Is it also absurd, foolish, and utopian? Perhaps, but, as I have suggested, there appears to be a solid link, a degree of continuity, between this reconstruction of society—the kingdom of God—and what I have described as the ecological economic worldview. Perhaps just, sustainable planetary living is a foretaste, a glimmer, an inkling of the kingdom of God.

If this is the case, then for middle-class North American Christians it may well be that sin is refusing to acknowledge the link between the kingdom and the ecological economic worldview, explaining it away because of the consequences for our privileged lifestyle. Sustainability and the just distribution of resources are concerned with human and planetary well-being for all. This, I suggest, is the responsible interpretation of the Parable of the Feast for North American Christians today. By paying attention to those invited to the feast and those excluded, this interpretation demands that we look at the systemic structures separating the haves and the have-nots in our time. And it demands that we name these structures for what they are: evil. They are the collective forms of our “sin.” They are the institutions, laws, and international bodies of market capitalism (often aided by the silence of the church) that allow a few to get richer while most become poorer.


In order to dislodge the neoclassical economic worldview and Christianity’s complicity with it, three steps are needed.

The first step is to become conscious of neoclassical economics as a model—not a description—of how to allocate scarce resources. There are other ways to live, other ways to divide things up, other goals for human beings to pursue. “Economics” is always necessary, but not necessarily neoclassical economics: ecological economics is an alternative.

The second step is to suggest some visions of the good life that are not consumer-dominated, visions that are just and sustainable. The good life is not necessarily the consumer life; rather, it could include providing the basic necessities for all, universal medical care and education, opportunities for creativity and meaningful work, time for family and friends, green spaces in cities, and wilderness for other creatures. We need to ask what really makes people happy, and which of these visions are most just to the world’s inhabitants and most sustainable for the planet.

The third step is to rethink what a different worldview—the ecological economic one—would mean for the basic doctrines of Christianity: God and the world, Christ and salvation, human life and discipleship. While this last task is beyond the scope of this essay, I would like to end with a few brief comments about God and the world, because this is at the heart of who we think we are and what we should do. Since our interpretive context, the ecological economic model, is about the just and sustainable allocation of resources among all planetary users, the framework for speaking of God and the world becomes worldly well-being. To phrase it in terms of a gloss on Irenaeus of Lyons: “The glory of God is every creature fully alive.” Dietrich Bonhoeffer called it “worldly Christianity”: he said that God is neither a metaphysical abstraction nor the answer to gaps in our knowledge—God is neither in the sky nor on the fringes, but at “the center of the village,” in the midst of life, both its pains and its joys.21 An ecological economic model means an earthly God, an incarnate God, an immanental God.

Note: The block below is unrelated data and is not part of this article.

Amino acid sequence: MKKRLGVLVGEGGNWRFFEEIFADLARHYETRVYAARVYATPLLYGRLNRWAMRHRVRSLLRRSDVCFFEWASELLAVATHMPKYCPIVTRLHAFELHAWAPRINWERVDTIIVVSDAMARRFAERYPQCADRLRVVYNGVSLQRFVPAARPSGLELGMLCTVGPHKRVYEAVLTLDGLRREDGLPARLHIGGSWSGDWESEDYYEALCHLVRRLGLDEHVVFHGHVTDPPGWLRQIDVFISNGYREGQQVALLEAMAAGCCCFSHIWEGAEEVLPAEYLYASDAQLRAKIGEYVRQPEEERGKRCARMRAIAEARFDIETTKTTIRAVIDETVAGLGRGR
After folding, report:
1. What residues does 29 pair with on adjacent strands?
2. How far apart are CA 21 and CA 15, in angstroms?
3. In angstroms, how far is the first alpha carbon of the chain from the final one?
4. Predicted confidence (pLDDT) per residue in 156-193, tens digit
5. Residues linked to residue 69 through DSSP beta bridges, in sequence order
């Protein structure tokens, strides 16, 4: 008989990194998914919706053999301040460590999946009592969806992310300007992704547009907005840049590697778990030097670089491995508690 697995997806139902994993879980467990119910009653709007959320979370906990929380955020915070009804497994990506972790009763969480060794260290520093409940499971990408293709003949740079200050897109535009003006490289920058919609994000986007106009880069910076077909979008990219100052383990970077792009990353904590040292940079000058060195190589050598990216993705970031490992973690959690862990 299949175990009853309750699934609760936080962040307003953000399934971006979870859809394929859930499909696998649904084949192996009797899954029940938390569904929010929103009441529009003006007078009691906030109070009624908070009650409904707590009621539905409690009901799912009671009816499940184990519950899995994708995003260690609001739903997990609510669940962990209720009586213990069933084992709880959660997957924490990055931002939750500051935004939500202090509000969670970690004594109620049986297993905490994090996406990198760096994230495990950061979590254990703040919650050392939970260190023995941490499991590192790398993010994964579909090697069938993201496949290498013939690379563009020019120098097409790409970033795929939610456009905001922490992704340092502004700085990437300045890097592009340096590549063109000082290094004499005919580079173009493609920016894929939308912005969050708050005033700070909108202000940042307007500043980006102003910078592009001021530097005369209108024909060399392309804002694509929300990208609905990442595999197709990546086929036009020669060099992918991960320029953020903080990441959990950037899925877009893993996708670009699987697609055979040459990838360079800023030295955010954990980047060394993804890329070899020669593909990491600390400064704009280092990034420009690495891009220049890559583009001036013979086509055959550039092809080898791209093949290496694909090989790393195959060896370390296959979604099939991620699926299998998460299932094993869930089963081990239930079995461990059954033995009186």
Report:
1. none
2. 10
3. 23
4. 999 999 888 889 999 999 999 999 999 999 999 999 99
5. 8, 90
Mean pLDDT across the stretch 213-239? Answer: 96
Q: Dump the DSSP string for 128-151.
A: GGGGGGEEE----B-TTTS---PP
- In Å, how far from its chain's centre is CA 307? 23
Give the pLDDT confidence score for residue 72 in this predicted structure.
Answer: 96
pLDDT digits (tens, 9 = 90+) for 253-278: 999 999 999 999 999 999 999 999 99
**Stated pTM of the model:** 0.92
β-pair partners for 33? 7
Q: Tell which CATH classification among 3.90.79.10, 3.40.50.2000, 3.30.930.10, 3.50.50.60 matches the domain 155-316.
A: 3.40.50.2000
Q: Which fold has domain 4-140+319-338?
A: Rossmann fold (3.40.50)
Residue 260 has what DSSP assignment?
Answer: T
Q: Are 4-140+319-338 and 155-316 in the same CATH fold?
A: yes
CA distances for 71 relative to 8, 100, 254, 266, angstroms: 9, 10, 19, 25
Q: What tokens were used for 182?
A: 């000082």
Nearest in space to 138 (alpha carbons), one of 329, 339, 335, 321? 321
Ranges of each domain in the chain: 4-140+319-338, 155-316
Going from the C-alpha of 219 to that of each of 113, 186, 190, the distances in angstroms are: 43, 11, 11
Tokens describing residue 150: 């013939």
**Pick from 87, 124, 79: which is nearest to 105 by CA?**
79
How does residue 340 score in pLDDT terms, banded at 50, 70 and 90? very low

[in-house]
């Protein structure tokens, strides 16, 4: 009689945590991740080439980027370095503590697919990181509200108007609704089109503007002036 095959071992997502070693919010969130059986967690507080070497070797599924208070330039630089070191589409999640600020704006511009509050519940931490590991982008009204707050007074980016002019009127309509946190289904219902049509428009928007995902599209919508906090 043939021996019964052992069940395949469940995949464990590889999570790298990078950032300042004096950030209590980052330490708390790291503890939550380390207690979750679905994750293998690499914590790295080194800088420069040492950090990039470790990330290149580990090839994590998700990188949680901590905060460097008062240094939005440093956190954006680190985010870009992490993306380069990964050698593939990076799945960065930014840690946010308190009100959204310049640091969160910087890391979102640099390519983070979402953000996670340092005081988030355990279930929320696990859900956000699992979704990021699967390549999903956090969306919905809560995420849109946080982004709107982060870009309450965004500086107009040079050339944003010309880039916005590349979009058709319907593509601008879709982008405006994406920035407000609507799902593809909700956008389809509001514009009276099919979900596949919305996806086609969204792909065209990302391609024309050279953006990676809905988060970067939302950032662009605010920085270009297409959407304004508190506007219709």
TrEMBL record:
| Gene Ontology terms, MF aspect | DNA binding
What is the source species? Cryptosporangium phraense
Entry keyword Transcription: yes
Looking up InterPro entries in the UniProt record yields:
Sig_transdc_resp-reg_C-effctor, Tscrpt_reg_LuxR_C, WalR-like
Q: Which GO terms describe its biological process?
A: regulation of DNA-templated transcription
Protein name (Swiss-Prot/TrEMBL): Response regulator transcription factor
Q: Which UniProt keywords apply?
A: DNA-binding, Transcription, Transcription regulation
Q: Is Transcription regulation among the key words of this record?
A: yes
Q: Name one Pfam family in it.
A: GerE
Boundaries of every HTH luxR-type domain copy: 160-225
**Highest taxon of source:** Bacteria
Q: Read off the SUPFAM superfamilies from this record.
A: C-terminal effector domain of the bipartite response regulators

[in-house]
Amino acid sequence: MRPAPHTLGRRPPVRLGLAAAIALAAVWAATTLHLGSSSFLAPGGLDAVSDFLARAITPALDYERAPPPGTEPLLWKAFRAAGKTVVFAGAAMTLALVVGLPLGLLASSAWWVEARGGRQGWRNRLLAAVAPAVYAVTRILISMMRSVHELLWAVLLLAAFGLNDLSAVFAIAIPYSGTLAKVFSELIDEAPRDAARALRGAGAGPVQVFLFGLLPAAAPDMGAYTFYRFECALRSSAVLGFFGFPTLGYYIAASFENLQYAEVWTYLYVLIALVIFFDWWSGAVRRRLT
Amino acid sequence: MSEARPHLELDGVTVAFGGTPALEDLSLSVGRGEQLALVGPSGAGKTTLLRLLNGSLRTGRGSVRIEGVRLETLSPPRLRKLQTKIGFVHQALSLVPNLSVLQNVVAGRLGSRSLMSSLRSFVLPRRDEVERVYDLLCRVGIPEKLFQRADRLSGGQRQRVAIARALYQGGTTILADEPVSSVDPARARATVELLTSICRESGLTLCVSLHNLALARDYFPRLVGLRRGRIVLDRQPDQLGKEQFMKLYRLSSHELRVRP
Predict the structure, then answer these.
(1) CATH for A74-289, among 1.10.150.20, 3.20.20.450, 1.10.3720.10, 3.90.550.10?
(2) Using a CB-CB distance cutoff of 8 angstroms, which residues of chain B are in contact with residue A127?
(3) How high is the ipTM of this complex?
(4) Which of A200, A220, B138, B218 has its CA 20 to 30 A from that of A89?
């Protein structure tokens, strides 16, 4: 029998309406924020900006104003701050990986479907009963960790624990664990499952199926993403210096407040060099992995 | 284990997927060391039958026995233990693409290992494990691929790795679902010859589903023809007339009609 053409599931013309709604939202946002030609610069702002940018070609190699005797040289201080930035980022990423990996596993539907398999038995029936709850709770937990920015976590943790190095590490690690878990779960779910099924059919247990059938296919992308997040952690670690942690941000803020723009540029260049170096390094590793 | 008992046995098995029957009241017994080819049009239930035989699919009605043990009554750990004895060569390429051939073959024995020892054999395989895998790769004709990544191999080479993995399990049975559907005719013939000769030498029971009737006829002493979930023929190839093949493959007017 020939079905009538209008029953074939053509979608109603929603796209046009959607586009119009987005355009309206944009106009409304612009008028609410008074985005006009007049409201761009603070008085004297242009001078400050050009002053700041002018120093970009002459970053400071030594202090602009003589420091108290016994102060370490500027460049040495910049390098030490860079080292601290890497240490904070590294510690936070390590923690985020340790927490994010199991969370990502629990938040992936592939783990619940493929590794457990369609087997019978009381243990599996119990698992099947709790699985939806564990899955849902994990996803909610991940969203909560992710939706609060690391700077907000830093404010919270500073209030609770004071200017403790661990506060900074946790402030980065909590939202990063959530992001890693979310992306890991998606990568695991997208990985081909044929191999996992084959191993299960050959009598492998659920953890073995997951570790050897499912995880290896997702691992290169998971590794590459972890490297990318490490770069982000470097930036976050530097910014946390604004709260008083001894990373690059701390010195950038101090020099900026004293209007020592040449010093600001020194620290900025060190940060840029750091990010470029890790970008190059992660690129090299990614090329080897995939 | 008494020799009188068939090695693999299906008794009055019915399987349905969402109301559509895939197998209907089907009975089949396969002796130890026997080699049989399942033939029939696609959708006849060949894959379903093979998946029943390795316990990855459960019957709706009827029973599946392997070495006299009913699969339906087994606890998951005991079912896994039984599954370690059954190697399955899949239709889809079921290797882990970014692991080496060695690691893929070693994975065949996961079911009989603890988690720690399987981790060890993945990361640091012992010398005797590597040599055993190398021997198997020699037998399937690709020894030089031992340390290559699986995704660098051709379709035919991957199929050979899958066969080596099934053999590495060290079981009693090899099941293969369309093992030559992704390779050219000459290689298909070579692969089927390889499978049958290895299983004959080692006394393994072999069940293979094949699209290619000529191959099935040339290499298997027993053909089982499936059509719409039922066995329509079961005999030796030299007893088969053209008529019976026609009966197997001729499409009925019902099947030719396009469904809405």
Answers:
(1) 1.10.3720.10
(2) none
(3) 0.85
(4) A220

The general outline of this theology is basically different from the theology implied by the neoclassical model of economics. A “worldly Christianity” entails a movement toward the earth: from the otherworldly to this world; from above to below; from a distant, external God to a near, immanental God; from soul to body; from individualism to community; from mechanistic to organic thinking; from spiritual salvation to holistic well-being; from anthropocentrism to cosmocentrism. The ecological model means a shift not from God to the world, but from a distant God related externally to the world to an embodied God who is the source of the world’s life and fulfillment. The neoclassical economic model assumes that God, like the human being, is an individual—in fact, the superindividual who controls the world through laws of nature. This God is like a good mechanic who has produced a well-designed machine that operates efficiently. This God is present at the beginning (creation) and intervenes from time to time to influence personal and public history, but is otherwise absent from the world. An ecological theology, on the contrary, claims that God is radically present in the world, as close as the breath, the joy, and the suffering of every creature. The two views of God and the world, then, are very different: in the one, God’s power is evident in God’s distant control of the world; in the other, God’s glory is manifest in God’s total self-giving to the world.